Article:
Bass gateway for guitar?

Just curious as to how many of you have been encouraged to pick up learning guitar after learning how to play bass?

I tried to teach myself guitar many years ago but gave it up after much frustration with landing notes because of my huge sausage fingers. No matter how much I tried I couldn’t get to one string without holding down 2 or even 3 others. I wrote it off as a mechanical failure and moved on.

Now, after immersing myself in the bass world, that little guitar player in my head has been poking at me to try again but Lord knows my bank account can’t handle the added addiction of buying guitar gear on top of bass gear right now. :stuck_out_tongue_winking_eye:

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I would be too tempted to turn it into a tiny six string bass.

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Squier do a 6 string bass that is more of a bass-tuned guitar (from what I can tell) rather than a bulky intimidating 6 string bass like what people with ridiculous skills play.

Interesting review here; https://www.youtube.com/watch?v=zpwyeKGiB8o

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Whether you do or not, if you can manage to recognize the major guitar chords, it will help your bass playing, particularly when just jamming. Or really, just look for the lowest note in the chord the guitarist is playing and play that note on your bass. However, if you can recognize the chords this is easier as sometimes they move to fast to try to do the arithmetic in your head, particularly with bar chords and chords that don’t play their low E. e.g. They are only playing the 5 highest strings, but it can be hard to see that visually.

I’d also mention that if you are popping between bass and guitar, then you’ll probably naturally fall into rhythm guitar as opposed to lead guitar, but that’s not a certainty and it’s not a bad thing if you do lead. I just found I’m a rhythmic person so am not personally drawn to shredding on guitar.

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@rickpalacios1973 - I’m not sure I (personally) would have the desire to learn to play guitar after learning to play bass.

I’ve played all sorts of guitars for many years, sometimes on stage and even in state competitions back in the early ‘60’s yet, now that I’ve taken on the bass, my desires to play guitar have lessened - partially due to the arthritis in my hands. It doesn’t mean that I will never play my other stringed instruments again because I still use them quite often - just not to the extent I use to.

I (personally) find the bass much more intriguing and a bit mystifying when I play it compared to my guitars. I suppose that could be that when I play guitar, I can do it in such a way that i can easily hide any imperfections and mistakes, not to mention find numerous ways to shortcut playing style and still come very close to getting what I want in sound and tone. Not the case with the bass… each note has to be spot on in tone, key, and timing - otherwise the entire song suffers. With guitar, you can bend notes when you’re a little off key, and blame timing on the drummer.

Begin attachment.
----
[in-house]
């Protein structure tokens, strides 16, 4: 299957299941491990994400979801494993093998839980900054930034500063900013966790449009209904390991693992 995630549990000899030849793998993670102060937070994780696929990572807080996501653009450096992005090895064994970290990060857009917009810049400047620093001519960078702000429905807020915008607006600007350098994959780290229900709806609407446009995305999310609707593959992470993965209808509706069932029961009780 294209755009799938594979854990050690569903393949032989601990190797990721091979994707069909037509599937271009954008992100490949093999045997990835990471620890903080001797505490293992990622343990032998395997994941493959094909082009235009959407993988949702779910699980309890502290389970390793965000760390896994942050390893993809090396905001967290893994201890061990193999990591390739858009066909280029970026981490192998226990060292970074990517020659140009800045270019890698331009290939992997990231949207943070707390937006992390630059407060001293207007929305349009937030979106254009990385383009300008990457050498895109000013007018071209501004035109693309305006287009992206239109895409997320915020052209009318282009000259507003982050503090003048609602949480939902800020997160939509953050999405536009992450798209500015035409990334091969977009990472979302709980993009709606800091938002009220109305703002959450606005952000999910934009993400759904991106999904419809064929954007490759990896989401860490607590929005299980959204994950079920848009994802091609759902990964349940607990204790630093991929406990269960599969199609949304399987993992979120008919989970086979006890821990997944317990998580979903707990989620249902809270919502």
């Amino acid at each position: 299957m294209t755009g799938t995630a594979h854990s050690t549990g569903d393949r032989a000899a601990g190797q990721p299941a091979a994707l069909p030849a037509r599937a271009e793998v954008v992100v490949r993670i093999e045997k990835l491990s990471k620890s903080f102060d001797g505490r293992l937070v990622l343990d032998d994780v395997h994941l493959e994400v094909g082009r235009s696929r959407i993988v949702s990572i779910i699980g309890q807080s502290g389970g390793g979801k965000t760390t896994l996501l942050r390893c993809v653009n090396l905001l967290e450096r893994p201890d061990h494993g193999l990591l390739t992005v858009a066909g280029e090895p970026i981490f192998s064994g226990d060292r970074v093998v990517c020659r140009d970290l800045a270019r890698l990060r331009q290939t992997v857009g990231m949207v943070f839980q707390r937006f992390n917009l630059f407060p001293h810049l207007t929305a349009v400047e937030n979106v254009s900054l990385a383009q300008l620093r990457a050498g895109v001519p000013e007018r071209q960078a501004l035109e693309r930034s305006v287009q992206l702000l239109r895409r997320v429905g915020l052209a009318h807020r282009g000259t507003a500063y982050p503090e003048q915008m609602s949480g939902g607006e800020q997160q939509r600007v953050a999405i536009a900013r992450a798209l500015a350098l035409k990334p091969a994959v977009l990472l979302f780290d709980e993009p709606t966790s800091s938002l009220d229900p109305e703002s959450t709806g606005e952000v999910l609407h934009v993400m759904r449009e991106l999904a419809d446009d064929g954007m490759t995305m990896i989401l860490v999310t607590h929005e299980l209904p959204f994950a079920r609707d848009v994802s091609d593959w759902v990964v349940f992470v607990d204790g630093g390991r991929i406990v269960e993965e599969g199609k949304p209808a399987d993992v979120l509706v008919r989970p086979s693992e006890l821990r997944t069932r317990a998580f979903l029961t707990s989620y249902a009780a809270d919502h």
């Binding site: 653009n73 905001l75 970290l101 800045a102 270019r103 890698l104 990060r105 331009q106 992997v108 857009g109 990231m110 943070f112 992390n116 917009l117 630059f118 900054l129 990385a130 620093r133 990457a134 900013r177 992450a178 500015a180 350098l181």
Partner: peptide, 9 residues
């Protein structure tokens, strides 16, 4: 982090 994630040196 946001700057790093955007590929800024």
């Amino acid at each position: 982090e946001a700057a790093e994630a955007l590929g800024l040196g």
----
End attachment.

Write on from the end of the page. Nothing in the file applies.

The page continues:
I would say that I do believe that being a guitar player has helped me to be a better bass player, and that being a better bass player has helped me to be a better guitar player…

Keep on Thumpin’!!

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At the moment I don’t think I’ll ever want to be a guitar, keyboard, or drum PLAYER. I will say that I do have a passing interest in being passable in all three for home recording purposes and so I can enjoy music in ways other than bass. Never say never, but I feel I will only ever be a bass PLAYER.

@PeteP I’ve seen that “bass” over the years and always been intrigued by it. I wonder what it would sound like in the mix of the bass player playing literally what the guitar player is just down an octave. In my mind, an instrument like this gives so many interesting possibilities in sound. I must be missing something though as it doesn’t seem to be as popular in music as I feel it should in my head.

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@rickpalacios1973 I’ve never had a desire to play guitar or any other instrument. For 30 years it has been the bass that has always stood out to me. I like all the other instruments. It would be nice to know how to play guitar but, for me, only in the context of being a better bass player.

I love a ripping guitar sound that cuts through my brain like a chainsaw made with fine sharpened steel. But I don’t want to make those sounds myself. I don’t feel it and I couldn’t be genuine and pull it off. (Did I go too big here?)

@PeteP The Bass VI. Comes in both Squire and Fender versions. I would love to have one of those to be able to explore all that crazy sonic capability. I am much more interested in this rather than a traditional guitar.

@ChrisThomason From what I’ve read, they were used a lot more in the studio. I also saw stuff about it crossing too many lines in the higher end so that it didn’t sit in the mix very well in a live performance. I still want one.

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